Northern Black Racer: Kennebunk Plains, Kennebunk, Maine, USA — The Northern Black Racer reaches the northern limits of its range here in York County, Maine. It is on the Maine State Endangered Species List, and is a Species High Concern. There is a monitored population on the Kennebunk Plains Reserve, which is managed by the Nature Conservancy in cooperation with the state wildlife agency. It is, in fact, one of the species, along with the Northern Blazing Star plant, Upland Sandpiper, and Grasshopper Sparrow populations, and a few other endangered or threatened species, which prompted the Nature Conservancy, the Kennebunk Land Trust, and the state of Maine to preserve the Plains. Black Racers are not easy to see…they are secretive and keep under cover much of their lives. Wildlife and Inland Fisheries has a radio tagging study on the Kennebunk Plains, and I have bumped into the researchers a few times. Even with radio tags the snakes are hard to find. I did not find this one. I just happened to be there when a gentleman…and amateur herpetologist…was releasing this snake where he had captured it the day before. He had taken it home to treat some wounds on its belly (perhaps from a hawk encounter) and to show it to his son, who had never seen one. I am not condoning this behavior…it is both illegal and in my opinion unwise (especially when it comes to endangered species)…something this gentleman was well aware of. To be fair, he was very conscientious about handling the snake with care…and the snake did not seem to be any worse for the experience. And, since I don’t go around turning over logs on the Plains (or anywhere for that matter) I would not have seen this snake any other way. (I have seen one Black Racer before on the Plains…but that was a chance encounter…and once out of many hundreds of visits to the Plains over the past 20 years.) This was not a big racer…though compared to the size of the head (about the size of my thumb) it was a very long snake (likely five feet or more). Like most constrictors its body, with it smooth scales, just exudes power. And, once sure of its footing after release, it demonstrated how apt its name is by racing, about as fast as my eye could follow, for the deep cover of a low stand of dense brush. Nikon B700 at 370mm, 140mm, and 445mm to frame the snake. Shutter program at 1/640th. ISO 220. Processed in Polarr and Apple Photos.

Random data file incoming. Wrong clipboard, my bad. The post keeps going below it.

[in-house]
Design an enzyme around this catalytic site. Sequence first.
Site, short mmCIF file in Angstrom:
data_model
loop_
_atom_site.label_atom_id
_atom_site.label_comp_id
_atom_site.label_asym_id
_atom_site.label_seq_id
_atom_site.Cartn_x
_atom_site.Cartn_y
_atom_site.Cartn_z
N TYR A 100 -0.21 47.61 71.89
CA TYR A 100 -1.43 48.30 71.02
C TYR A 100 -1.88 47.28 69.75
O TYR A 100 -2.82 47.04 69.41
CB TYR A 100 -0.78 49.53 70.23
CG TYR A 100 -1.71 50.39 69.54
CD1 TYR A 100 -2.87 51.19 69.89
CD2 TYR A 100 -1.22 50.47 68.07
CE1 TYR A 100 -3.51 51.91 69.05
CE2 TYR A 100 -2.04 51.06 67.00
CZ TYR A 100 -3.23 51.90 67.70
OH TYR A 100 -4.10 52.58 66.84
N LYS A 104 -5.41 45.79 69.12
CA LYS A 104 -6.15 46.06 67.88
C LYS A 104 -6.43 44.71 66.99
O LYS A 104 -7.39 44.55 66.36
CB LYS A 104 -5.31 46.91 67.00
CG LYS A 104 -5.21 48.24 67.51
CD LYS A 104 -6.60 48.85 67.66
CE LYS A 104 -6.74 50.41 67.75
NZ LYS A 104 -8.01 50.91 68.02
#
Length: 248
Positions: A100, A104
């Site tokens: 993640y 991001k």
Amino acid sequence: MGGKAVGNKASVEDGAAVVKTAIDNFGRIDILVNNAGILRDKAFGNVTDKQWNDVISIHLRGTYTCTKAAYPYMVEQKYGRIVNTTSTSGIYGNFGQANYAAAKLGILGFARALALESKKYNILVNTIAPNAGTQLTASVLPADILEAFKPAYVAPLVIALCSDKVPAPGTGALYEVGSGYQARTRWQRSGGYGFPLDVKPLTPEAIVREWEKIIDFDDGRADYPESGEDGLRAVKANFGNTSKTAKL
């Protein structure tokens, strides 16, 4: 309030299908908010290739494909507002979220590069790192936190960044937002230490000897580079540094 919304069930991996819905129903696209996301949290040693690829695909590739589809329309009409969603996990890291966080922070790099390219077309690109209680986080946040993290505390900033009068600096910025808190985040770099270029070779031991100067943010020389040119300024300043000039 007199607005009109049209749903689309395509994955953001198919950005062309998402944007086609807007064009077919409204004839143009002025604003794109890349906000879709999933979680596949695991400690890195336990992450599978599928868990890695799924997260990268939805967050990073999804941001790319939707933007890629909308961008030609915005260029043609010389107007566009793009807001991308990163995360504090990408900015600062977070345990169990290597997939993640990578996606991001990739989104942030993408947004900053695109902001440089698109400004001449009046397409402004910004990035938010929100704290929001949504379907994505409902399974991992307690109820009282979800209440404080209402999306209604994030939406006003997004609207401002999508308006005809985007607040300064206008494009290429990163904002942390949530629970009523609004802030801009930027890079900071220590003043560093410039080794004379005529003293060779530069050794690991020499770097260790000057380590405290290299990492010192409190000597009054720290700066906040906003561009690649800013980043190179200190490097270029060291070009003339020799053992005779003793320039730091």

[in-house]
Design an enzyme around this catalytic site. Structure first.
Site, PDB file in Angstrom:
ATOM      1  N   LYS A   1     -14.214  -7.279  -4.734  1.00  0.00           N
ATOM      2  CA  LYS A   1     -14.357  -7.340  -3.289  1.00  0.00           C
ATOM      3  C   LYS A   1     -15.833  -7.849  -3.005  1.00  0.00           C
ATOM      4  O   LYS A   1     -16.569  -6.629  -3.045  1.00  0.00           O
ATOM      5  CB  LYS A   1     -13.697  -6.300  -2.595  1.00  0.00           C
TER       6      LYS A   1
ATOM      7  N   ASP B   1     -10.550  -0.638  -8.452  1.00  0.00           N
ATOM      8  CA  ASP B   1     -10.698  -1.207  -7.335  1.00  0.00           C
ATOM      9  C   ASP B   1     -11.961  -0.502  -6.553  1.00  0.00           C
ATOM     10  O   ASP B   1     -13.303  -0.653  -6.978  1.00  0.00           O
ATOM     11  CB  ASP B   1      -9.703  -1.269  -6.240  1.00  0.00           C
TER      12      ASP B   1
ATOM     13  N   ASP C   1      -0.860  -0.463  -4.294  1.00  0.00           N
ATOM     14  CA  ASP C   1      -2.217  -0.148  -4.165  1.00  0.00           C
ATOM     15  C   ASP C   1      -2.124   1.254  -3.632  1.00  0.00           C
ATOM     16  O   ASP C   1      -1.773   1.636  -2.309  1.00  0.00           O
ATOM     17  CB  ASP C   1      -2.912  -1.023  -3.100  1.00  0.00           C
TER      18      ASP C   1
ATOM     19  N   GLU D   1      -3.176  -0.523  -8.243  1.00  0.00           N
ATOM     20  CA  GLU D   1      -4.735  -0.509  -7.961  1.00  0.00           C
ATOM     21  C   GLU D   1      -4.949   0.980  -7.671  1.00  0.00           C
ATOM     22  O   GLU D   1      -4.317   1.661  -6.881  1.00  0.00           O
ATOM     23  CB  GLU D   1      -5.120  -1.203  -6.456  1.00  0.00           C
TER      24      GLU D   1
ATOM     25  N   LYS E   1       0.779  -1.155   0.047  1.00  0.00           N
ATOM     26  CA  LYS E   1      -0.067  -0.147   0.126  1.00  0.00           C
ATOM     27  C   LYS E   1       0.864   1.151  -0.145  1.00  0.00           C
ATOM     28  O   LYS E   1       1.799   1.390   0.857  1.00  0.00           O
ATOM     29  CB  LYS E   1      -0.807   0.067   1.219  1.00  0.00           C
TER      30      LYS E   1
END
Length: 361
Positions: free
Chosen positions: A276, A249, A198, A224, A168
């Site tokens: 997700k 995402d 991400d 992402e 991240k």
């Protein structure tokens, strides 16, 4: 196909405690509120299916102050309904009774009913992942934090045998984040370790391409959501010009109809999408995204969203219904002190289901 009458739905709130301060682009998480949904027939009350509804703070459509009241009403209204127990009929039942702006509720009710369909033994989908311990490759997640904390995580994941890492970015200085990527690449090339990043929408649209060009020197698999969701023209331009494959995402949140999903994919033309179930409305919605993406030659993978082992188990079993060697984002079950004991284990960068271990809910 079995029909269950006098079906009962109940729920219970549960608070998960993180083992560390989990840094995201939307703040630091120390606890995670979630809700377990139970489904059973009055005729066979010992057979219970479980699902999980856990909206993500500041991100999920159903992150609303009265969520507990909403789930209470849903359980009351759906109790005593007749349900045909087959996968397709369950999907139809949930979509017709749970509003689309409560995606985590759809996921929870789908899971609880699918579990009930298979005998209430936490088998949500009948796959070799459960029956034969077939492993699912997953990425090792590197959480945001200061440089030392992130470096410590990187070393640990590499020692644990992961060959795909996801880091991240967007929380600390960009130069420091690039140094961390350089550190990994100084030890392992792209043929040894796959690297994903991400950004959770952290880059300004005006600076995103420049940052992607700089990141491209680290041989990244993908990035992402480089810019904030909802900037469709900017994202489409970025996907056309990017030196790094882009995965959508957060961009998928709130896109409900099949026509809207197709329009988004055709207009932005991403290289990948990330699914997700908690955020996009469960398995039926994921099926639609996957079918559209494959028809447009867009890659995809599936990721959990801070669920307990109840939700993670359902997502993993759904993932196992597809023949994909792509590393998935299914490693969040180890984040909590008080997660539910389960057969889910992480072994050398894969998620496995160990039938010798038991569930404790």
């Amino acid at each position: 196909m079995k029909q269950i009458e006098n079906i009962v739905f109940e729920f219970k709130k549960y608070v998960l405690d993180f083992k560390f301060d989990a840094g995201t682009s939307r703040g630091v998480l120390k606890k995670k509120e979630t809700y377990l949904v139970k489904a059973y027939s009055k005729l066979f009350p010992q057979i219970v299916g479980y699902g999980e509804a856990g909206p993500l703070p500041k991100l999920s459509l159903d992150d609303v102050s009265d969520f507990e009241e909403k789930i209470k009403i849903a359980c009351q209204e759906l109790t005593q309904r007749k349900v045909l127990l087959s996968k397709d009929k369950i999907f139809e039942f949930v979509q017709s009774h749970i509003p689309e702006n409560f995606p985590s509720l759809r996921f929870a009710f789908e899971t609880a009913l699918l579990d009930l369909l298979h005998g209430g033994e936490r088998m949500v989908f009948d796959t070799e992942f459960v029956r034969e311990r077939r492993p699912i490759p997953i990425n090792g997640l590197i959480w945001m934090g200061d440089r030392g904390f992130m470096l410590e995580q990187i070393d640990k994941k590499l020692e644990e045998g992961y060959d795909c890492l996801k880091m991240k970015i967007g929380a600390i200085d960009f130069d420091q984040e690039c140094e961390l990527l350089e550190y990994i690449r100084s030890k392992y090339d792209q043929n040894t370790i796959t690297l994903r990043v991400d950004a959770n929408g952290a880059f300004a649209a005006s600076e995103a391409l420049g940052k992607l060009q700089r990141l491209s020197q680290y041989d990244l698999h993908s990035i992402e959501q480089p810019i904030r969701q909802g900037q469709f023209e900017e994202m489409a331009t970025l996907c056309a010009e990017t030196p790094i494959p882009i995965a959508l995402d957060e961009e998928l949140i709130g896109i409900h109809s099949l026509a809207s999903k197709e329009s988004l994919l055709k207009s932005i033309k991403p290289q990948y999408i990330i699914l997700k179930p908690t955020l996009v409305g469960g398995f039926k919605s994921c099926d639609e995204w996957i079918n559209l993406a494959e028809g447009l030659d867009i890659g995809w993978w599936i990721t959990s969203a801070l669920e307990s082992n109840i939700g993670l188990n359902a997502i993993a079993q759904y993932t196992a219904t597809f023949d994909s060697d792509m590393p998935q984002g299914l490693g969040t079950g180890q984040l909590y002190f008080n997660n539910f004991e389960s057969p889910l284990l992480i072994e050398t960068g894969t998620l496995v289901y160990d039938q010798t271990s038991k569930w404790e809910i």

I am falling behind…not because I am not posting every day, but because I am taking too many photos 🙂 Not a bad problem to have. Of course a string of rainy days might cure that, but for now, I am going to group this set taken at the same location on the same outing: I rode my trike out to Day Brook Pond on the Kennebunk Plains near home here in Maine, to see how spring was coming along. We have the Plains landscape on the way into the pond at 24mm equivalent (all with the Sony Rx10iv, this one with HDR, and the rest with my birds and wildlife modifications to Program), a Northern Water Snake (one of the largest I have ever seen) at 465mm, Dogwood in bloom against a stand of white birch at 24mm, two Painted Turtles sharing what appears to be a tender moment (but probably was not really) at 600mm, and Eastern Pine Elfin at 600mm and about 3 feet (this is a tiny butterfly, about 1/2 inch across). In leaner times I might have stretched this out over 5 posts, as each shot has an interest of its own. (I did already post the Elfin to some of the Butterfly groups on Facebook, but it belongs here too, in the context of the the visit to Day Brook Pond.)